ASTRO: Therapy combo may slow growth of prostate cancer

By Will Morton, AuntMinnie.com staff writer

October 25, 2022 -- Prostate cancer patients who receive radiation in addition to intermittent hormone therapy may live longer without their disease progressing, according to a talk at the American Society for Radiation Oncology (ASTRO) annual meeting in San Antonio.

Chad Tang
Dr. Chad Tang.

A team at the University of Texas MD Anderson Cancer Center in Houston, TX, presented results of a phase II clinical trial evaluating the combined approach in patients with oligometastatic prostate cancer. Over a period of more than two years, patients who received local therapyand hormone therapy experienced longer progression-free survival (PFS) than patients who received hormone therapy alone, according to the findings.

"Using radiation for oligometastatic prostate cancer can result in excellent tumor control and good long-term outcomes, and it may allow us to give these patients long breaks from hormone therapy," said lead author Dr. Chad Tang, in an October 25 news briefing.

Oligometastatic prostate cancer is cancer that has spread to five or fewer lesions throughout the body. In patients with these cases, the use of metastasis-directed therapy (MDT) -- local therapy to eradicate individual lesions -- in addition to standard hormone therapy has been increasing. Yet no randomized trials to date have tested combining the approaches in these patients, according to Tang and colleagues.

Between September 2018 and November 2020, they enrolled 87 men in the trial, 43 in a group who received combined therapy and 44 who received only hormone therapy. Options for local therapy included radiation, surgery, or cryotherapy to all sites of oligometastatic disease. The primary endpoint was disease progression, which was defined as death or radiographic, clinical, or biochemical progression.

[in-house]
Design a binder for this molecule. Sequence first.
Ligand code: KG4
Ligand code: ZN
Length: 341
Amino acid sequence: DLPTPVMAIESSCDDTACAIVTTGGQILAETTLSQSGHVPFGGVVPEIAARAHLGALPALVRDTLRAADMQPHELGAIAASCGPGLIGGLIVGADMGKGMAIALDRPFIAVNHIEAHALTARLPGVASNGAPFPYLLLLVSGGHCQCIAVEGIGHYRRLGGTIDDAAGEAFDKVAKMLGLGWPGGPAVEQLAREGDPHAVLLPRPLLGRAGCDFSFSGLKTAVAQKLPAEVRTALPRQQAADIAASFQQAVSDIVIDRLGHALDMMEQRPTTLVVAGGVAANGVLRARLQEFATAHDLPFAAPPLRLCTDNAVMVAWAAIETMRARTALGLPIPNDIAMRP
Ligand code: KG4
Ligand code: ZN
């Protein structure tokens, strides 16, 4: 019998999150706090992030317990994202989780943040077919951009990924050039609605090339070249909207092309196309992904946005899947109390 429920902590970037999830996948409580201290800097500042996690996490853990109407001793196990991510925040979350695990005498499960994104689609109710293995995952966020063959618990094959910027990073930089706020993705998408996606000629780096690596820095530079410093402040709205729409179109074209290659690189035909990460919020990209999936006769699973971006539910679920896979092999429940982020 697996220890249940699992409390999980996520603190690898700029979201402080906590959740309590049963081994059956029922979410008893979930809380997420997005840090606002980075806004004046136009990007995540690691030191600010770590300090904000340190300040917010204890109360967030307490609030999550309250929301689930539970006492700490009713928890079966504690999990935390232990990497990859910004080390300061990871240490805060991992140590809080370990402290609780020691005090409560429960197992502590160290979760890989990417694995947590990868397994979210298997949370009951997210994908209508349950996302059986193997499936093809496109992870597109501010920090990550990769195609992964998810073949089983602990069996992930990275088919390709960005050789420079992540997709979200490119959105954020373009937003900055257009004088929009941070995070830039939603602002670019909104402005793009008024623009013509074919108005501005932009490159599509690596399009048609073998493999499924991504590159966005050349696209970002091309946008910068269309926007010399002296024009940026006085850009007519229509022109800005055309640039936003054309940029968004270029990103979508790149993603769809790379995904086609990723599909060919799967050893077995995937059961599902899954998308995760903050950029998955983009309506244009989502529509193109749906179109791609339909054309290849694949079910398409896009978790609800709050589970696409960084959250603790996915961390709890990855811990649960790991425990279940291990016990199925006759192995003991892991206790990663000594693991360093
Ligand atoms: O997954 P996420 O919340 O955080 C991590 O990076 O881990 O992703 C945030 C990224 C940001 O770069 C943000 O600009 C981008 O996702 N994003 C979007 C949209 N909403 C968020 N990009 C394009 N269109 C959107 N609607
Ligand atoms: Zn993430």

The median follow-up was 22.1 months, and during that time, cancers progressed in 41 patients. Those who received local therapy as well as hormone therapy experienced longer progression-free survival (median not reached vs. 15.8 months for hormone therapy-only; hazard ratio = 0.25, p < 0.001).

In addition, the analysis revealed that fewer patients in the combination arm had new lesions two years after treatment (33% vs. 41%, p = 0.004) and patients in the combination arm also experienced normal testosterone levels longer than those who did not receive local therapy (p = 0.03).

The reason the combined treatment is effective could be the "potent synergy" between radiation and hormone therapy, according to Tang.

"Hormone therapy has been shown in multiple studies to synergize with radiation therapy to reduce prostate cancer cells' ability to repair themselves from radiation-induced DNA damage," he said.

Given that this is the first randomized trial to evaluate the impact of adding radiation to hormone therapy for patients with oligometastatic prostate cancer, additional research is warranted, Tan suggested.

"This study introduces a new paradigm of definitive radiation therapy to all of a patient's oligometastases in tandem with deescalated, intermittent hormone therapy as a means to preserve quality of life while still maintaining disease control," he concluded.


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